I was mesmerized. In a recent broadcast, Peggy Sagger showed this fabulous pattern 112 called Kacy’s 5 Way Top. It’s the kind of thing I’d never buy had someone not shown me a completed version. I toyed with the idea of drafting it myself. Really this is a T-shirt with a scarf attached to the center fronts. I even asked for drafting hints on SG. The best I got was “buy the pattern and rotate the dart”. I can rotate darts but didn’t want to for this simple garment. I pulled out my T-shirt pattern and tissue paper and stopped in my tracks. I realized this is why we buy patterns. So many decisions have already been made and tested. OK Big 5 does not always test. But Indies do. Indies also make multiple versions. That’s why Indy patterns are worth $20 and the Big 5 are worth $2. I purchased the pattern.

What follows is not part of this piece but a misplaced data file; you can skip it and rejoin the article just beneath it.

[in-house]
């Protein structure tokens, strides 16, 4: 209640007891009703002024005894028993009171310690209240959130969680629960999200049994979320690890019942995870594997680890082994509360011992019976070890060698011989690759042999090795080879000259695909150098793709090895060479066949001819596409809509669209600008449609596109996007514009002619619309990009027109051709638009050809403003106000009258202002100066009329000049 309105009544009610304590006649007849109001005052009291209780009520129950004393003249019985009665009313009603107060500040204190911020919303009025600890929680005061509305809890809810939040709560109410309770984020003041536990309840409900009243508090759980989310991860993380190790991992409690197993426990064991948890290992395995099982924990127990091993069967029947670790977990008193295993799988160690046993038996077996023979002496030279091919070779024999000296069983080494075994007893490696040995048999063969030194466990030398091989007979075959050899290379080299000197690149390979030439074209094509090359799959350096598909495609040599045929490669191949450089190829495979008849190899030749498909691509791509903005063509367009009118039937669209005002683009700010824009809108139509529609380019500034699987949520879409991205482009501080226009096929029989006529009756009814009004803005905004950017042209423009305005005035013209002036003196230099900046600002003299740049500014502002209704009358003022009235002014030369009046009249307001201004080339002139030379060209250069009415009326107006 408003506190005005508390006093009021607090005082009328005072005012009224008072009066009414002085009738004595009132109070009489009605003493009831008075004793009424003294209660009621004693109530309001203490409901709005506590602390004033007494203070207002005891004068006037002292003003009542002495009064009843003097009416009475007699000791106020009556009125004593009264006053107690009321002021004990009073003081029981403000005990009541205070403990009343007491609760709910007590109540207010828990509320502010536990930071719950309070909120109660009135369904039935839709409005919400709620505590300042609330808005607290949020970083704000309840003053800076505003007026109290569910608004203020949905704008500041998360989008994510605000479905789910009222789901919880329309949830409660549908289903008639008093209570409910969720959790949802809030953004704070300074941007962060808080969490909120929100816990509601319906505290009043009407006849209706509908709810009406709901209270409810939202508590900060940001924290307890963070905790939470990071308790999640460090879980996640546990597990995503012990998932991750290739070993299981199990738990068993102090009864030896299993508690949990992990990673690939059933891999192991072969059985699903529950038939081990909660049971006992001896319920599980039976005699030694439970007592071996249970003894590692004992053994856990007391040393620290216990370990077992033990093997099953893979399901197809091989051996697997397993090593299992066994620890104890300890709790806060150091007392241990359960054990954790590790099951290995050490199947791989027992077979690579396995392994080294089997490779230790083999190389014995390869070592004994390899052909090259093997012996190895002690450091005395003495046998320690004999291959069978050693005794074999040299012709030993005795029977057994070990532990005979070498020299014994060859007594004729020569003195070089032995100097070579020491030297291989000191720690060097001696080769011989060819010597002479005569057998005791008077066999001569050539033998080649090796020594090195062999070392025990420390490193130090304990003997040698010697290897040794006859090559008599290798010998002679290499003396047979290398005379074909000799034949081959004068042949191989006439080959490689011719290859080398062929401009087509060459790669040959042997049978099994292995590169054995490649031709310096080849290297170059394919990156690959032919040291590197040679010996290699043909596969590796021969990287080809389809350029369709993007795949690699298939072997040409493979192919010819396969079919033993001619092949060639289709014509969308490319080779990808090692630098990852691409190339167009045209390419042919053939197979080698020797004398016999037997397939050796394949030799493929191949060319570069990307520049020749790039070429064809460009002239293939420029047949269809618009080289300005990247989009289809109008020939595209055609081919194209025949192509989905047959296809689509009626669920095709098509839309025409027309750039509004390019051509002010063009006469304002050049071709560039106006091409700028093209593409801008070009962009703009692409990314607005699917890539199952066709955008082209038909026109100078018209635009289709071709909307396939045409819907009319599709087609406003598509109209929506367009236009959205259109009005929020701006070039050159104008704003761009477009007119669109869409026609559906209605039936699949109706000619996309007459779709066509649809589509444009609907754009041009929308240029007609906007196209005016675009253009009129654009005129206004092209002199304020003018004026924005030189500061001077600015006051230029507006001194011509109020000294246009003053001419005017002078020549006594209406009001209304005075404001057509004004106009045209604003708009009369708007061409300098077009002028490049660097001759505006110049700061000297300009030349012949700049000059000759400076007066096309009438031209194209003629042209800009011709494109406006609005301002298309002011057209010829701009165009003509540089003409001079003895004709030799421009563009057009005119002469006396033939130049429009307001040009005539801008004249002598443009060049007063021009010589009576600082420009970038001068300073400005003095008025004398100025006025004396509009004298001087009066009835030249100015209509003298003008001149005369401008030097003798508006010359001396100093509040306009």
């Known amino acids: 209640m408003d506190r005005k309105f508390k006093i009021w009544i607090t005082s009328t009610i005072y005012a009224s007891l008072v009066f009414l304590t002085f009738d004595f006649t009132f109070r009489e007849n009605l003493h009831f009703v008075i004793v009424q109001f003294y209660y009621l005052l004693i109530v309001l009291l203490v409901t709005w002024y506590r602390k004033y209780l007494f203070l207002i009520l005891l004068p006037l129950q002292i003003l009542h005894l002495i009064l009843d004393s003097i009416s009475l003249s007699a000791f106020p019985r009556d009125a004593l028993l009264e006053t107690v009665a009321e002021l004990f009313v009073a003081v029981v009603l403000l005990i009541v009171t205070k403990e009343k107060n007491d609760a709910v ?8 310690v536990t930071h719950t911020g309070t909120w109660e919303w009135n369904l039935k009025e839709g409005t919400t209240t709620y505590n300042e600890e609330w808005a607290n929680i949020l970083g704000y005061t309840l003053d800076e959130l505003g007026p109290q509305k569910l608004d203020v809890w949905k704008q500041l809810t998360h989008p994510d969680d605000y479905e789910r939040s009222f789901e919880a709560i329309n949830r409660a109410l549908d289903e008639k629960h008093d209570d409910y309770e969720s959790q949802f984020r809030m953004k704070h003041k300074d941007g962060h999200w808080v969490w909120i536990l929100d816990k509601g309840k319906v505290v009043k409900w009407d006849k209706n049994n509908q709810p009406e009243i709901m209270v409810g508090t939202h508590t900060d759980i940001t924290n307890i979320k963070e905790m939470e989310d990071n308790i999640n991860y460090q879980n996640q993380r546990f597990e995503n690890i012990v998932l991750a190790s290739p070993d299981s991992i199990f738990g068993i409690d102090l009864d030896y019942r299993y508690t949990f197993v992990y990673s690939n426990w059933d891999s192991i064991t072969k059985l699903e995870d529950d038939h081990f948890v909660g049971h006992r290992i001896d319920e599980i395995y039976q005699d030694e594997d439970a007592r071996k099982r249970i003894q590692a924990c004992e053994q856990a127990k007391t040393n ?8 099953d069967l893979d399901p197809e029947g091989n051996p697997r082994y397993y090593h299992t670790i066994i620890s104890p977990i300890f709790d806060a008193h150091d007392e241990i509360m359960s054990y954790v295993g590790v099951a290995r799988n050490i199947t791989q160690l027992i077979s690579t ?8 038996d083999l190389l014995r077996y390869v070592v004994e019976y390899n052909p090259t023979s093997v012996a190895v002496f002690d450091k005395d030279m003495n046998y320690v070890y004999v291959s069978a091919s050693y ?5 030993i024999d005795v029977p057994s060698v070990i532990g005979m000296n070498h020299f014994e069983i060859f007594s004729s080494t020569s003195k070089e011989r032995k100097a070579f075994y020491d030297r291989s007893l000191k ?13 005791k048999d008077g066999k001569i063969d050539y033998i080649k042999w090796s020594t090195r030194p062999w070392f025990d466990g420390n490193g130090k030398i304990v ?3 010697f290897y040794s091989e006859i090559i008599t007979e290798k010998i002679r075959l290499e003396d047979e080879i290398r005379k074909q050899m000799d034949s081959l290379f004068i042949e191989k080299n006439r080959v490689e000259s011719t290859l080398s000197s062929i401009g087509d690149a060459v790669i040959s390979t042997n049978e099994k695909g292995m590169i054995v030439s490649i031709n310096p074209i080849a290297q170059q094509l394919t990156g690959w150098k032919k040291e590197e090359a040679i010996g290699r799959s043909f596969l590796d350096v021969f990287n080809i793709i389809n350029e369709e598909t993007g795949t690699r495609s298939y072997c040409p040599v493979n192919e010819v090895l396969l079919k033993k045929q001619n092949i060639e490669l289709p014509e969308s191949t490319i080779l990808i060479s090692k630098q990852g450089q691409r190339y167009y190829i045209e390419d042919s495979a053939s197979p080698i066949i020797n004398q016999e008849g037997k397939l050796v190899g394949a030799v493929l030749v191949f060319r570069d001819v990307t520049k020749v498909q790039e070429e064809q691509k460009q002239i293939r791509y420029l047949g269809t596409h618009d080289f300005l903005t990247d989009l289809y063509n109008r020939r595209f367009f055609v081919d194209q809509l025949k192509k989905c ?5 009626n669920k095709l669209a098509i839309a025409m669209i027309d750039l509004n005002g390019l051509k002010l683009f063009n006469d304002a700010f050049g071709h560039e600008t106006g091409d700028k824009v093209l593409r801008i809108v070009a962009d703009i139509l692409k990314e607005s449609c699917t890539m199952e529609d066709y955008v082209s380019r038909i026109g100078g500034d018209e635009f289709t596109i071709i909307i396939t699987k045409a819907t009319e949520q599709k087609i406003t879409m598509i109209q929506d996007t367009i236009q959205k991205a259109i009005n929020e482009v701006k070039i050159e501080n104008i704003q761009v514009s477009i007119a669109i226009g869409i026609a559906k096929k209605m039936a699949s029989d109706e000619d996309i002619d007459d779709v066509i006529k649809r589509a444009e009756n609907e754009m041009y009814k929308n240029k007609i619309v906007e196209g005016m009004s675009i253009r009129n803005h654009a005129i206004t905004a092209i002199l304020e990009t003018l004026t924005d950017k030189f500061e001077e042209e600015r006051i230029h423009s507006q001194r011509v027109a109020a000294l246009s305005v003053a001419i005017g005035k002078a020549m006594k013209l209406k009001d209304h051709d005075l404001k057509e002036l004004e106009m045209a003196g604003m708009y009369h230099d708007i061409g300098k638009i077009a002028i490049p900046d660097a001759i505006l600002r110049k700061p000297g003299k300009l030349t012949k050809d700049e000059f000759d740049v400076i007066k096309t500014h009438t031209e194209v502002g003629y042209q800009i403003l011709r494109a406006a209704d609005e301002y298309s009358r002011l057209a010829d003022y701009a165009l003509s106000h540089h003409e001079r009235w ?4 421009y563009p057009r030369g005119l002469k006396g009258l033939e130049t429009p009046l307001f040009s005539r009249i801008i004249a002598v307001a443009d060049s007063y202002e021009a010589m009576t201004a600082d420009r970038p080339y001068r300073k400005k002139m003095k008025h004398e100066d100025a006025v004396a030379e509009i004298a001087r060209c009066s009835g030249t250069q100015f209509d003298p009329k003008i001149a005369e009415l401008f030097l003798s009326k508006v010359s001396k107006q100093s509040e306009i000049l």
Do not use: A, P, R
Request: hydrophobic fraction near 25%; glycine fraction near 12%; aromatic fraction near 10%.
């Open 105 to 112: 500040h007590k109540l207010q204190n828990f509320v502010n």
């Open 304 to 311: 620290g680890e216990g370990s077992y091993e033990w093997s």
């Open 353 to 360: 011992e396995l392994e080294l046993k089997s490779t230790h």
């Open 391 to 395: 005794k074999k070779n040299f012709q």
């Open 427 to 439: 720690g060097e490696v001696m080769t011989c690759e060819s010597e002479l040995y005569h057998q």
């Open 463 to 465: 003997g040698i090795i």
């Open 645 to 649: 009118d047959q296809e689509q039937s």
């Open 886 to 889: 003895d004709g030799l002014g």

When the pattern arrived I determined my size using the bust measurement. Which really didn’t matter because I didn’t even iron the tissue pieces. I smoothed it out; placed my T-shirt on top, then a sheet of tracing paper on top of that. I traced only the section extending from the center front of my T to the fold line of Kacy’s 112. I used the back and sleeve of my T-shirt pattern (PP104).
For anyone wondering about the differences. The front extension on 112 is not just straight lines drawn to infinity. The fold line is a vertical straight line. The extended neck and hem lines are gently sloping curves terminating at a fold line that is shorter than the center front of my T. I didn’t measure how long the extension is but I can tell you that the fold is placed cross grain making…